That crucial error was a large component of why Quiznos declined so quickly. With no deeper purpose, Quiznos’ existence was defined entirely as a competitor to Subway,and even that competition was based on a feature—the toasted sub—and not some deeper longing of submarine sandwich aficionados. This comparison marketing approach worked for a while, but all Subway had to do was buy some toasters and they were back in business: one year after Subway started toasting up sandwiches, Quiznos disintegrated from 5000 to 2000 units. After that, there was no deeper foundation for Quiznos to fall back on; it had declined to define its brand beyond an imitable product and a flimsy tagline, and customer loyalty reflected that.

With nowhere else to turn, Quiznos became a reactive business. When Subway introduced the $5 footlong, Quiznos fired back with the $4 torpedo, one dollar cheaper and one inch longer to undercut Subway’s sales. Quiznos’ heavy reliance on marketing was clear in its most aggressive and competitive advertising campaign, the Prime Rib Cheesesteak Challenge. A transparent response to Subway’s cheesesteak, Quiznos’ sandwich was made with twice as much meat and was free of charge to customers not 100 percent satisfied. While these creative campaigns temporarily increased sales, approaches like the Cheesesteak Challenge only reinforced that the brand had no plan beyond trying to out-market its larger competitor. This failing strategy was fatal for a brand that requires franchisees to see long-term opportunity for continued growth.

Having a wealth of clever phrasing and creative ideas certainly wasn’t Quiznos’ problem. It was the directionless nature in which the company implemented them—because it never really understood itself from its beginning.

According to members of it corporate office, all Quiznos wanted to do with its ads was just create buzz. While the brand certainly did that, buzz is ephemeral and the brand knew neither what to do with that buzz nor how to channel it into the longevity it would need to sustain itself. This mismanagement led to sales and market share dropping by 50 percent in the five year period leading up to 2013, and, in 2014, ultimately resulted in bankruptcy; over a period of ten years, Quiznos had closed almost 90 percent of its locations. After Quiznos hired his company to manage video advertising, TubeMogul CEO Brett Wilson observed in an interview, “What we’ve learned in the last 10 years is you can’t be everything to everyone and you really have to find that core audience.” For Quiznos, that’s a lesson learned too little too late.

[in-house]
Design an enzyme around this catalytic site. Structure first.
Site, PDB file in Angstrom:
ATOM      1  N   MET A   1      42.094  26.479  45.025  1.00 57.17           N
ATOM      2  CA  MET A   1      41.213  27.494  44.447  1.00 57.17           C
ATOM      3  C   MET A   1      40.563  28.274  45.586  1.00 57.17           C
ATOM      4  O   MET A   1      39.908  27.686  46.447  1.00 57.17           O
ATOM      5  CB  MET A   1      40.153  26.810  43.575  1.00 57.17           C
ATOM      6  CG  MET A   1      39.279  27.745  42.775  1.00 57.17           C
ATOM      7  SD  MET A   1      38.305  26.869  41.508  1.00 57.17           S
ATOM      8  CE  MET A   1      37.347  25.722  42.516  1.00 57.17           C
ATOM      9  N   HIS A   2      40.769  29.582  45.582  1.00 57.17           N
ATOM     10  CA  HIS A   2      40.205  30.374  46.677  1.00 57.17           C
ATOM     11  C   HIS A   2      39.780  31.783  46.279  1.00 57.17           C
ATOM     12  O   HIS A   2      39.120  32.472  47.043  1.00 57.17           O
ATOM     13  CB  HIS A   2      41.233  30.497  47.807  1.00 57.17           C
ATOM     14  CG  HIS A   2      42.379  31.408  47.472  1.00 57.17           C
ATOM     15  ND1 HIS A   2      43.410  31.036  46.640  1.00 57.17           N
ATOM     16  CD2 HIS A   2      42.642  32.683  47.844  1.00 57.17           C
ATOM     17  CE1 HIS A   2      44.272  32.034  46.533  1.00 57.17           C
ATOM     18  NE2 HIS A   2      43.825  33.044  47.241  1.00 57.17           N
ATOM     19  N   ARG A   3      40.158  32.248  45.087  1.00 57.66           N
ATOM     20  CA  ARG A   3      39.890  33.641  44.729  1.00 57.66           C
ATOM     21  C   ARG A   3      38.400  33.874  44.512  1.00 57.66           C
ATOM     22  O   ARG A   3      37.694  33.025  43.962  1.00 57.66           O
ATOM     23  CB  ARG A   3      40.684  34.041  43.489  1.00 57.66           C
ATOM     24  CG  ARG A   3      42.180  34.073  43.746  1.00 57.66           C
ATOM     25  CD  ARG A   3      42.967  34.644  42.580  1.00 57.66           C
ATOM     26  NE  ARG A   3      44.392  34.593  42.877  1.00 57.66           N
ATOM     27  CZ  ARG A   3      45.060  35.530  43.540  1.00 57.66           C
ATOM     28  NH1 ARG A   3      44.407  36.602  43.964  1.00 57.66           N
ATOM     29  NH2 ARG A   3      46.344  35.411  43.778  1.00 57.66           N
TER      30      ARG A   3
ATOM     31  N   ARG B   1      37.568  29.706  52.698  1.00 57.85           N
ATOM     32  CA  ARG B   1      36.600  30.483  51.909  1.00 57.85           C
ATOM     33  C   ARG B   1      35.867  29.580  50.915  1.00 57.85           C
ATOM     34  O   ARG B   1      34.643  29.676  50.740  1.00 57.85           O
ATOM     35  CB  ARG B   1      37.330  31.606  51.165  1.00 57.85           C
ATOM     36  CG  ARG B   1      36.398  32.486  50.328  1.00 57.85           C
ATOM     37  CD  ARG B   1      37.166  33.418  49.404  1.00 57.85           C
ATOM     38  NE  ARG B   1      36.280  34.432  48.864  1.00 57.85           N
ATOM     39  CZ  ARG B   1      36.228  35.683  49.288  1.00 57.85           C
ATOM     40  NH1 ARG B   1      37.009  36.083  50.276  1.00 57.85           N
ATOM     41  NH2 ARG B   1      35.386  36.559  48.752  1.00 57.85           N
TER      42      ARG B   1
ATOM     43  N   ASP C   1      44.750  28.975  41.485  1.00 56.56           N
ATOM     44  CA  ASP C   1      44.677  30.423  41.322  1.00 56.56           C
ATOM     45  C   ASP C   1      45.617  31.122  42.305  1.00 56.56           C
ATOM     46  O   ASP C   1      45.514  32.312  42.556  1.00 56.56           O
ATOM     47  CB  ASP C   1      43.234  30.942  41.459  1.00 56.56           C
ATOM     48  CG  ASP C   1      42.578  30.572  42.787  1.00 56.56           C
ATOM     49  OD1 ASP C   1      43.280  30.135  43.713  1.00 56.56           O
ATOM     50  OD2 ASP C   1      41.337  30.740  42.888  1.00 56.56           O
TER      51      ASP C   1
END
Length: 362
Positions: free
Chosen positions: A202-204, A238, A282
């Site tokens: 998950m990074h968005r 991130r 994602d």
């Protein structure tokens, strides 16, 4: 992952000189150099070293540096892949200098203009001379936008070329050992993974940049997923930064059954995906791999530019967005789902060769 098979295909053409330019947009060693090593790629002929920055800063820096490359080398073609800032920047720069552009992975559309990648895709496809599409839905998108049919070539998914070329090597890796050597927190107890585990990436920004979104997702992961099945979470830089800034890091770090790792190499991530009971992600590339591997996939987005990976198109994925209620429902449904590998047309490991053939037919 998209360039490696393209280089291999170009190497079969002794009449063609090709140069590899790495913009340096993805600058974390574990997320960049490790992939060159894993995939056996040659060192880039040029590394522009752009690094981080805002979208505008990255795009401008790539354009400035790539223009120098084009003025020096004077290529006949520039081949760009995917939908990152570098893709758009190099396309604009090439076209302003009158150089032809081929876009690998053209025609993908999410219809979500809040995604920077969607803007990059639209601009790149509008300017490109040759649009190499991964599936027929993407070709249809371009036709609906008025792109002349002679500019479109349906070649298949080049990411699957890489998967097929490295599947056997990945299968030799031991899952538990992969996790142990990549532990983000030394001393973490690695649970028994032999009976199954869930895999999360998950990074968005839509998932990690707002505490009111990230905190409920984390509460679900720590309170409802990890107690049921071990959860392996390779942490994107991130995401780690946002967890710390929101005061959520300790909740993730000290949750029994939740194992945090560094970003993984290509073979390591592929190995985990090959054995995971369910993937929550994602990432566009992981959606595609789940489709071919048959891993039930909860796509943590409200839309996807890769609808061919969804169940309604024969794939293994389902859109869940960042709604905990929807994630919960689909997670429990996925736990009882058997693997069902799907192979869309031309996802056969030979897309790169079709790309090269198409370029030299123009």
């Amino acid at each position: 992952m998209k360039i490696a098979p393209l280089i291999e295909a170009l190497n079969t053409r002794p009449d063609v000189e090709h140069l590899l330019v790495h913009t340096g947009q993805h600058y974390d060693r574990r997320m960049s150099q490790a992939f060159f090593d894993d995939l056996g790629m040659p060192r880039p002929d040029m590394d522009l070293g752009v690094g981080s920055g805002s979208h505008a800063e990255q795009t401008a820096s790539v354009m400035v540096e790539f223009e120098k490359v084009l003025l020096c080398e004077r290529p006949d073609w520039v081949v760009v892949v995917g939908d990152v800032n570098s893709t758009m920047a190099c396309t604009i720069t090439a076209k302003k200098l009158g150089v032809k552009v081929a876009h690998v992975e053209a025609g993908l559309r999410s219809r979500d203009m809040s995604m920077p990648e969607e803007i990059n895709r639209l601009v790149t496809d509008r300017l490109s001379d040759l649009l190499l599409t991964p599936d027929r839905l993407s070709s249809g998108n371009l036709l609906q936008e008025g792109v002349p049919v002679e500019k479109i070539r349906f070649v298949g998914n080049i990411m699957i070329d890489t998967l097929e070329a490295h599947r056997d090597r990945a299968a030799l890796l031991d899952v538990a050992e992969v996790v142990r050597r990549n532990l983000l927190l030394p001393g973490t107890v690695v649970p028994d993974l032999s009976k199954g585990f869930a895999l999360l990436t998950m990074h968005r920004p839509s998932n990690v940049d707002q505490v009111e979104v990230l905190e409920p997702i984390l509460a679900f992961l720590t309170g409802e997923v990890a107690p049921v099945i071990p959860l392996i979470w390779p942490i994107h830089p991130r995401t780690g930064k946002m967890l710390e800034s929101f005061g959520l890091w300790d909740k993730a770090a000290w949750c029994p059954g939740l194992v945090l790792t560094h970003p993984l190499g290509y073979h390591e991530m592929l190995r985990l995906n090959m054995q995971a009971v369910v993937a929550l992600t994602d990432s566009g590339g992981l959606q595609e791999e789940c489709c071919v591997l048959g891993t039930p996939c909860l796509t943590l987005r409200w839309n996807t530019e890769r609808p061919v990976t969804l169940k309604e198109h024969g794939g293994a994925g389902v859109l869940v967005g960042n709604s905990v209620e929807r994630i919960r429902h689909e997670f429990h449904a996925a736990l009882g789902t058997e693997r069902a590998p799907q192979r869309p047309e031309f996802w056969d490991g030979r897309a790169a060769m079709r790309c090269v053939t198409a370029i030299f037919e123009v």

These are tough lessons for businesses to learn. Leaders keep falling into the marketing trap because, compared to branding, it’s faster. And, it can provide short-term relief like any painkiller. But recovering from an illness requires committing to a course of treatment that, even if it takes longer, restores a patient to long-term health. Putting the time into developing a brand, understanding why the organization exists and zeroing in on a target audience results in sustainable returns that will deliver more returns in the long-term than any ad campaign.

A story-driven organization has one core and central purpose from which the rest of the organization can fan out. Messaging based on purpose instead of messaging based on product affords a brand opportunity to grow beyond that one product. Ultimately, brands must know who they are and whom they’re targeting before attempting to fix a problem or make a change. Having these conversations around brand story will provide the organization clarity on how and where to spend its money in order to market wisely. The panacea to many business pain points, brand story will heal a company every time.


Meghan is an associate at Woden. Want to stay connected? Add Meghan on LinkedIn, read our extensive guide on how to craft your organization’s narrative, or send us an email at to discuss whatever your storytelling needs may be.